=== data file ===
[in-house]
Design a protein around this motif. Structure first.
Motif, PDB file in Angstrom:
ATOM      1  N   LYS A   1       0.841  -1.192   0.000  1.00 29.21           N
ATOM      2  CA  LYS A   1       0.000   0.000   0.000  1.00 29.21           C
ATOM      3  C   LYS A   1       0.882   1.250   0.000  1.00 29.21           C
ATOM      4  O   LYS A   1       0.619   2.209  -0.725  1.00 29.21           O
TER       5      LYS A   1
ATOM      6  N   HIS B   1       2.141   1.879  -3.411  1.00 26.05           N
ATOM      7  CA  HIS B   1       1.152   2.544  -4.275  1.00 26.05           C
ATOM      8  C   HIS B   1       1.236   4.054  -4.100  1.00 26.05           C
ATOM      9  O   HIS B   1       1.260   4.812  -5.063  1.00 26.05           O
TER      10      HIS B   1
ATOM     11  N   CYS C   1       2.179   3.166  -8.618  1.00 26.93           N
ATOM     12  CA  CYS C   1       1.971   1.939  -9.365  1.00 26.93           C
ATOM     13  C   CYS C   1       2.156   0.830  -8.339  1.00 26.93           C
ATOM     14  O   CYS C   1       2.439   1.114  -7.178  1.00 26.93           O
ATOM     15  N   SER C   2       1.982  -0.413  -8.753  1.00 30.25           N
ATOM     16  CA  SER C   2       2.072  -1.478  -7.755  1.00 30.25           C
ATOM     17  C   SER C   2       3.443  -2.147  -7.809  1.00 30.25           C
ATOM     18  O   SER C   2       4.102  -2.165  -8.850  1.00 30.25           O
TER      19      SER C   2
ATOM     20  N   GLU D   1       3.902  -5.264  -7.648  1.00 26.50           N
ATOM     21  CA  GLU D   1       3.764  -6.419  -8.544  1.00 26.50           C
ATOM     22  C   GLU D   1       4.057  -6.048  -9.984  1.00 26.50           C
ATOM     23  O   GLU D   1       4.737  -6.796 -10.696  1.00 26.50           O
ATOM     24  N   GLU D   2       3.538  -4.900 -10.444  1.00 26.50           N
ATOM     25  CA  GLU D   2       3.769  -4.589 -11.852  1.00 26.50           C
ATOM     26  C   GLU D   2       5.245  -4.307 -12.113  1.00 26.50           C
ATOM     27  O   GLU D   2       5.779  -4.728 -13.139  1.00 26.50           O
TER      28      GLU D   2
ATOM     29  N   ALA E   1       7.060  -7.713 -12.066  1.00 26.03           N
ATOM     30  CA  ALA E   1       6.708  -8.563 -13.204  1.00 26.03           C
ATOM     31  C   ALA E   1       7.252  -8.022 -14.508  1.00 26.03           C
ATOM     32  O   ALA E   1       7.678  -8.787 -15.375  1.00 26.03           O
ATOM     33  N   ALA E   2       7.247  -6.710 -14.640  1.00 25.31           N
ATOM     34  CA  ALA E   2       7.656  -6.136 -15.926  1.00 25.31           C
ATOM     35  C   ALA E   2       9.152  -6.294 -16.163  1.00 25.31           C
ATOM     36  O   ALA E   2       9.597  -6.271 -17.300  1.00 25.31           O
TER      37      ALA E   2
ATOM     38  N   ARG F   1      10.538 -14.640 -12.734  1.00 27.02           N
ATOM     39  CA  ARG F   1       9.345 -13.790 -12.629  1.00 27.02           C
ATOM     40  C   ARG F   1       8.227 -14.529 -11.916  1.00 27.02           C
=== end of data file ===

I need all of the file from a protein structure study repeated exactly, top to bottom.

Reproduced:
[in-house]
Design a protein around this motif. Structure first.
Motif, PDB file in Angstrom:
ATOM      1  N   LYS A   1       0.841  -1.192   0.000  1.00 29.21           N
ATOM      2  CA  LYS A   1       0.000   0.000   0.000  1.00 29.21           C
ATOM      3  C   LYS A   1       0.882   1.250   0.000  1.00 29.21           C
ATOM      4  O   LYS A   1       0.619   2.209  -0.725  1.00 29.21           O
TER       5      LYS A   1
ATOM      6  N   HIS B   1       2.141   1.879  -3.411  1.00 26.05           N
ATOM      7  CA  HIS B   1       1.152   2.544  -4.275  1.00 26.05           C
ATOM      8  C   HIS B   1       1.236   4.054  -4.100  1.00 26.05           C
ATOM      9  O   HIS B   1       1.260   4.812  -5.063  1.00 26.05           O
TER      10      HIS B   1
ATOM     11  N   CYS C   1       2.179   3.166  -8.618  1.00 26.93           N
ATOM     12  CA  CYS C   1       1.971   1.939  -9.365  1.00 26.93           C
ATOM     13  C   CYS C   1       2.156   0.830  -8.339  1.00 26.93           C
ATOM     14  O   CYS C   1       2.439   1.114  -7.178  1.00 26.93           O
ATOM     15  N   SER C   2       1.982  -0.413  -8.753  1.00 30.25           N
ATOM     16  CA  SER C   2       2.072  -1.478  -7.755  1.00 30.25           C
ATOM     17  C   SER C   2       3.443  -2.147  -7.809  1.00 30.25           C
ATOM     18  O   SER C   2       4.102  -2.165  -8.850  1.00 30.25           O
TER      19      SER C   2
ATOM     20  N   GLU D   1       3.902  -5.264  -7.648  1.00 26.50           N
ATOM     21  CA  GLU D   1       3.764  -6.419  -8.544  1.00 26.50           C
ATOM     22  C   GLU D   1       4.057  -6.048  -9.984  1.00 26.50           C
ATOM     23  O   GLU D   1       4.737  -6.796 -10.696  1.00 26.50           O
ATOM     24  N   GLU D   2       3.538  -4.900 -10.444  1.00 26.50           N
ATOM     25  CA  GLU D   2       3.769  -4.589 -11.852  1.00 26.50           C
ATOM     26  C   GLU D   2       5.245  -4.307 -12.113  1.00 26.50           C
ATOM     27  O   GLU D   2       5.779  -4.728 -13.139  1.00 26.50           O
TER      28      GLU D   2
ATOM     29  N   ALA E   1       7.060  -7.713 -12.066  1.00 26.03           N
ATOM     30  CA  ALA E   1       6.708  -8.563 -13.204  1.00 26.03           C
ATOM     31  C   ALA E   1       7.252  -8.022 -14.508  1.00 26.03           C
ATOM     32  O   ALA E   1       7.678  -8.787 -15.375  1.00 26.03           O
ATOM     33  N   ALA E   2       7.247  -6.710 -14.640  1.00 25.31           N
ATOM     34  CA  ALA E   2       7.656  -6.136 -15.926  1.00 25.31           C
ATOM     35  C   ALA E   2       9.152  -6.294 -16.163  1.00 25.31           C
ATOM     36  O   ALA E   2       9.597  -6.271 -17.300  1.00 25.31           O
TER      37      ALA E   2
ATOM     38  N   ARG F   1      10.538 -14.640 -12.734  1.00 27.02           N
ATOM     39  CA  ARG F   1       9.345 -13.790 -12.629  1.00 27.02           C
ATOM     40  C   ARG F   1       8.227 -14.529 -11.916  1.00 27.02           C